Tsolin Nalbantian graduated from the BA program in Middle Eastern Studies in 1999. Initially thinking she would pursue a career in journalism, she returned to Cairo (she had studied abroad there in her junior year) after graduating as a Center for Arabic Studies Abroad (CASA) fellow to continue to work on her Arabic. When she returned to the US, she was awarded a graduate fellowship to attend New York University to pursue an MA in Journalism and Near Eastern Studies. Her first day of class was September 11 (yes, that September 11!) and over the course of her two-year study there, she decided to switch gears and pursue a career in academia. She found the ever-increasing pressure to simplify everything about the Middle East -- its inhabitants, history, social, political, cultural, and economic life -- in shorter and shorter articles frustrating. Feeling that long-term interest and engagement in the region suited her better, she studied at the Department of Middle Eastern, South Asian, and African Studies at Columbia University where she received her PhD in 2011. She is currently Assistant Professor of Modern Middle East History at Leiden University in the Netherlands. Her research and teaching interests include Armenian communities of the Middle East, Middle East diasporas, the contemporary history of Lebanon, Syria, and Turkey, and how marginal members of society use state and local power in an effort to claim political and social agency. Her book, Armenians Beyond Diaspora: Making Lebanon Their Own (published by the University of Edinburgh Press), examines specific episodes of crisis and tension to demonstrate how Armenians used the sectarian system of Lebanon and Cold War tensions for their own means.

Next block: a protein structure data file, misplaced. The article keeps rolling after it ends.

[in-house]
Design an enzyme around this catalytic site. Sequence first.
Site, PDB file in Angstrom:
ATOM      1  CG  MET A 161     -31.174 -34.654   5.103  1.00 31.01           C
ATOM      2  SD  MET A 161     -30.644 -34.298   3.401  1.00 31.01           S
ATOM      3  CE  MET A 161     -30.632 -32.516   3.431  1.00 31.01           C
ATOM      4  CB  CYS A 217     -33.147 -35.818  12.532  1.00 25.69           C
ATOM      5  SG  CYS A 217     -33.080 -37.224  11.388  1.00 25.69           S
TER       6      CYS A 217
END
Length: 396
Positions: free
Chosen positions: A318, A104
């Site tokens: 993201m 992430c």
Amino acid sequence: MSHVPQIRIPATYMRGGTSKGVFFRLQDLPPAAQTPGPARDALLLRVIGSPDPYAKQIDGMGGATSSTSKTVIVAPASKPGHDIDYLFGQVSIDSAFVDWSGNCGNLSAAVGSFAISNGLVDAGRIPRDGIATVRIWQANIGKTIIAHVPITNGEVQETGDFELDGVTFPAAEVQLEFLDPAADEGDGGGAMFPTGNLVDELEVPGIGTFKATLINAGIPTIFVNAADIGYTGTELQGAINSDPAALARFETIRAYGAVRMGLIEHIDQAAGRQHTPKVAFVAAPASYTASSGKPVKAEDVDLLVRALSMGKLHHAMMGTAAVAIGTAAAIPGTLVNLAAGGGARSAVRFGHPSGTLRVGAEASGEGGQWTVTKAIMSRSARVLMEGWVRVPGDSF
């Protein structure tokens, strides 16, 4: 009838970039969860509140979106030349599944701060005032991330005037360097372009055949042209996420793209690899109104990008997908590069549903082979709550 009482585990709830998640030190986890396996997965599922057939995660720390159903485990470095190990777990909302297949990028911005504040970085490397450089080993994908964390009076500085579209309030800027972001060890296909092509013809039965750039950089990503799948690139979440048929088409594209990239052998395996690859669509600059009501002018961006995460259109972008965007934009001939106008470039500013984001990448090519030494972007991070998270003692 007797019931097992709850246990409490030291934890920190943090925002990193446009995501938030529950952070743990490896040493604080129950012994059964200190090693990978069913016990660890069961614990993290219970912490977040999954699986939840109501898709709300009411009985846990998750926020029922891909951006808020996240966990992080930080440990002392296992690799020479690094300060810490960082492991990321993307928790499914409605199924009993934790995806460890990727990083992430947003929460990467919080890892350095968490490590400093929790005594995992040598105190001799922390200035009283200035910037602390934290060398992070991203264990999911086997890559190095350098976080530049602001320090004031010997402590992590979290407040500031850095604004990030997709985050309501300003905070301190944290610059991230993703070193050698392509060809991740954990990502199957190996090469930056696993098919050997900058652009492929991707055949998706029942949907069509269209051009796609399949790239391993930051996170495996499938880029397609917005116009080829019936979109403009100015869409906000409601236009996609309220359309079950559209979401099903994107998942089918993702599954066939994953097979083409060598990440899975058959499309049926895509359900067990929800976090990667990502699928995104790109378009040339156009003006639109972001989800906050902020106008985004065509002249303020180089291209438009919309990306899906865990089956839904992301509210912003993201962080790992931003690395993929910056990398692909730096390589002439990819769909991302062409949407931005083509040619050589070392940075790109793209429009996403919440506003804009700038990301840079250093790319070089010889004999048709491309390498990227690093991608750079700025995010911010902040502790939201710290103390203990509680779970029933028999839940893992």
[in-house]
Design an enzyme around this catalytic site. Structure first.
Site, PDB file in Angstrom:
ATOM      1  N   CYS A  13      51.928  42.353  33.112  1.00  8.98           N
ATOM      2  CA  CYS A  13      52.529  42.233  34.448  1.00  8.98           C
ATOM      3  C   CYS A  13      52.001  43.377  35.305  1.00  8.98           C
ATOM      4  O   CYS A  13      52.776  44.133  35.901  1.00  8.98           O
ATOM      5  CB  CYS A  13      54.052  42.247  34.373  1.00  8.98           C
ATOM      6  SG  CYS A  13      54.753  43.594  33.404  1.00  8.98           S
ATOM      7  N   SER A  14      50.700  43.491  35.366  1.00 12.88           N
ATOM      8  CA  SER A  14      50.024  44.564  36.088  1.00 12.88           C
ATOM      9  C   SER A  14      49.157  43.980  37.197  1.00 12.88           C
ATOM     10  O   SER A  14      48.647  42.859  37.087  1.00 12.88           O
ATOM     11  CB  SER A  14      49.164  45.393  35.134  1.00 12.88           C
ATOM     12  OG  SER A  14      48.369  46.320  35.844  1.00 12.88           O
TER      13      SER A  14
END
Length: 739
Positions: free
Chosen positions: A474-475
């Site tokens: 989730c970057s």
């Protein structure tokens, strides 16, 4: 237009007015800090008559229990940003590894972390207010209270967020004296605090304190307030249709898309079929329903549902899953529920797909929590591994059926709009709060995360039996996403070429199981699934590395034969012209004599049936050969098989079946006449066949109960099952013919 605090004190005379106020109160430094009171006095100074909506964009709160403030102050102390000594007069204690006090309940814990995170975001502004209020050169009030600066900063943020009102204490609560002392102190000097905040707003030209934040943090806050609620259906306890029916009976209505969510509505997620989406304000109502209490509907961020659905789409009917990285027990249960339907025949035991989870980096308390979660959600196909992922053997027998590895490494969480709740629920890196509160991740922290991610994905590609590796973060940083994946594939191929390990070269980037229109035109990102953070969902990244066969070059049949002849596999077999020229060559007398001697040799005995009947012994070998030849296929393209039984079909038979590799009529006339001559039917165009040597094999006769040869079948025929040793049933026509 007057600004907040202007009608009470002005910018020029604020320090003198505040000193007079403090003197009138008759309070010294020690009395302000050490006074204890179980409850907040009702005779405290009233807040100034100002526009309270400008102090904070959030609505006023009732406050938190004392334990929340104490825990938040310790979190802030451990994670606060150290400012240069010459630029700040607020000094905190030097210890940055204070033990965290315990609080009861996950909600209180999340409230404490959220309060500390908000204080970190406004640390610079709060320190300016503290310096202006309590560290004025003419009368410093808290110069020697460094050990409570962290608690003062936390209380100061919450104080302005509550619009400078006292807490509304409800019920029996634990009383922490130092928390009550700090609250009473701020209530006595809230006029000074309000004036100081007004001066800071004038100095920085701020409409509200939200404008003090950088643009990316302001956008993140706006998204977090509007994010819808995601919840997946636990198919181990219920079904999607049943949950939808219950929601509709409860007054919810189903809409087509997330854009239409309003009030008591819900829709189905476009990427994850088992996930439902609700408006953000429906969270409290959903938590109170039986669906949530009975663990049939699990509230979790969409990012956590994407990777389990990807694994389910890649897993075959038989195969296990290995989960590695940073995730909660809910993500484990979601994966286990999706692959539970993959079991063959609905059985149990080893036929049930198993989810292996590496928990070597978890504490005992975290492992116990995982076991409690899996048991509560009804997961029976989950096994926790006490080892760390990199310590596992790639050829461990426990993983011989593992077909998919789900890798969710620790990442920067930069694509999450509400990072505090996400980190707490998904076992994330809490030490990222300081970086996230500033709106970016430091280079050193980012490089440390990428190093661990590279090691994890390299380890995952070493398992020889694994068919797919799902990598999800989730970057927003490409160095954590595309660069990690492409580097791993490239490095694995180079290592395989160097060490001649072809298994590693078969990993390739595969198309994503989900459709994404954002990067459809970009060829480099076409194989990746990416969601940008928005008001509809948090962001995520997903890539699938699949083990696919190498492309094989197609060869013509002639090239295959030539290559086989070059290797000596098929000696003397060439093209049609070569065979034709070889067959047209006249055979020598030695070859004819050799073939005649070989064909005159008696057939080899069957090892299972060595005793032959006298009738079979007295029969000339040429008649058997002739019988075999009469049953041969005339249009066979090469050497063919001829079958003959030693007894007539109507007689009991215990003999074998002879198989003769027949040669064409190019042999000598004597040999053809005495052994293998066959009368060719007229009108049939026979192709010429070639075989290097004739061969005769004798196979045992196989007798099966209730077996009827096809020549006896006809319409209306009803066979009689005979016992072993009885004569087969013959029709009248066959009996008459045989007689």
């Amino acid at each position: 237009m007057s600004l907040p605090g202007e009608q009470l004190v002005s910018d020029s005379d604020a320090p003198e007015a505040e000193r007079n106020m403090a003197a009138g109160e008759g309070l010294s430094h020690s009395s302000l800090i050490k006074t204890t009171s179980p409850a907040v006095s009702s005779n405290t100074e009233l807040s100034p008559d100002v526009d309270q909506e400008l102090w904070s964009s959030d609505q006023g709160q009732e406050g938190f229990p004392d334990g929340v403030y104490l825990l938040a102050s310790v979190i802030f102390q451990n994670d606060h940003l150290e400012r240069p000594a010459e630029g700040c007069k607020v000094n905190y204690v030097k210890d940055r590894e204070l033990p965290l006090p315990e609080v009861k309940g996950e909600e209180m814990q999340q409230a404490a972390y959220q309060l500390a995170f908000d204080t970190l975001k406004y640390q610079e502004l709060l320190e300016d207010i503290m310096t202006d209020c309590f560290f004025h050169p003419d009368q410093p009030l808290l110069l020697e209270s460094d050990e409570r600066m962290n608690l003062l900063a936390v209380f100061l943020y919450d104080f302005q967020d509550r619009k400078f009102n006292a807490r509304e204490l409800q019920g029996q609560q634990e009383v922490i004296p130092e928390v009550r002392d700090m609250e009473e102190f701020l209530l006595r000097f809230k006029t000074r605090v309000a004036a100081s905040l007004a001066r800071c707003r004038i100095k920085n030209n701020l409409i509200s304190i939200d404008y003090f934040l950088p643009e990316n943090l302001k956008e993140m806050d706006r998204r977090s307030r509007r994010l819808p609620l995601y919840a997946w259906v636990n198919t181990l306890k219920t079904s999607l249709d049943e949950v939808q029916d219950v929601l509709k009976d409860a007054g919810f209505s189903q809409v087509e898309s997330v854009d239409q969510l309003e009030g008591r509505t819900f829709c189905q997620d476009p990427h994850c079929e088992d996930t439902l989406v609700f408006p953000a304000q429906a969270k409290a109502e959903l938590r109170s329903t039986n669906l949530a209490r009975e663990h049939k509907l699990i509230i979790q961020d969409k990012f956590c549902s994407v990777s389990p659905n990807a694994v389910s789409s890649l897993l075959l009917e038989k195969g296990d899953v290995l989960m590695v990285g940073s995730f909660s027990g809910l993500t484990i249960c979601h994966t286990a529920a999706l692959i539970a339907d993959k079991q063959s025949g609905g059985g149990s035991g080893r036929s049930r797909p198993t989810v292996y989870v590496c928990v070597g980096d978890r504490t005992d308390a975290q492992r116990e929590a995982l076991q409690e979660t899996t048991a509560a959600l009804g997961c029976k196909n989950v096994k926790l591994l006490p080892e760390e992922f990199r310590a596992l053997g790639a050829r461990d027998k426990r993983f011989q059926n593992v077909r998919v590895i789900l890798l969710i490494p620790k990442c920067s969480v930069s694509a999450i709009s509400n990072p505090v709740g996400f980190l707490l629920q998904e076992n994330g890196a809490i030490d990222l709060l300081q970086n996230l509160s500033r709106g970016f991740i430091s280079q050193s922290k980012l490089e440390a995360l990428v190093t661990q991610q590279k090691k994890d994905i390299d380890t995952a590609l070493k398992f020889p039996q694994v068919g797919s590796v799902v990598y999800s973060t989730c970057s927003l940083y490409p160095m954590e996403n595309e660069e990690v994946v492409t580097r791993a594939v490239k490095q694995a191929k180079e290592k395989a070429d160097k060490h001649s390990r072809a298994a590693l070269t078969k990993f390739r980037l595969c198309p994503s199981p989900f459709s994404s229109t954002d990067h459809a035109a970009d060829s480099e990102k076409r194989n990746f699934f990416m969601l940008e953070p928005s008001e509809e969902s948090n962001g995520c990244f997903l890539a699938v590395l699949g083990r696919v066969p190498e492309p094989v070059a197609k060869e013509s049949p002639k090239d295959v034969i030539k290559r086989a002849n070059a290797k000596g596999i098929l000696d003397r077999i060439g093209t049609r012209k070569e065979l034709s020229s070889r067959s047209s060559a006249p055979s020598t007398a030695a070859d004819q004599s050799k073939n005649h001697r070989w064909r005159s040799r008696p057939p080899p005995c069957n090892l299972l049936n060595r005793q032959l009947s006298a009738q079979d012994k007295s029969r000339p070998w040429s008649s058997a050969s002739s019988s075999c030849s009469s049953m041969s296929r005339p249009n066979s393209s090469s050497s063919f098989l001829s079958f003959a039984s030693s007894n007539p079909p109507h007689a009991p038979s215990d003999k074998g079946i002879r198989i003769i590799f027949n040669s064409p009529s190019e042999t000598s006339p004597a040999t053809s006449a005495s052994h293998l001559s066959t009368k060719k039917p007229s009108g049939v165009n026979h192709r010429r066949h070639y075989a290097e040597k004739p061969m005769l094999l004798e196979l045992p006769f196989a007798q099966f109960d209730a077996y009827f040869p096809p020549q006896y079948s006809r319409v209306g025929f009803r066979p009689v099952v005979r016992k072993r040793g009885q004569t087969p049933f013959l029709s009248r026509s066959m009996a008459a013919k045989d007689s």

What advice would you give to students?
Spend extended time in the region and learn (and keep learning!) the language. My junior year abroad at GW really set the tone for my professional career and personal life. The exposure I had while in Cairo and then traveling throughout the region was unparalleled. It was super fun but also really difficult at times and learning a language as an adult is simultaneously humbling and an exciting enterprise. Plus, those experiences helped me qualify for fellowships later on in graduate school and helped me get into graduate programs in the first place. They also steered my research and teaching interests that I have today.
Who was your favorite professor at GW?
Probably a three-way tie: my Arabic teachers Samia Montasser and David Mehal for encouraging me and keeping me on track with the language and Nathan Brown for helping me graduate on time!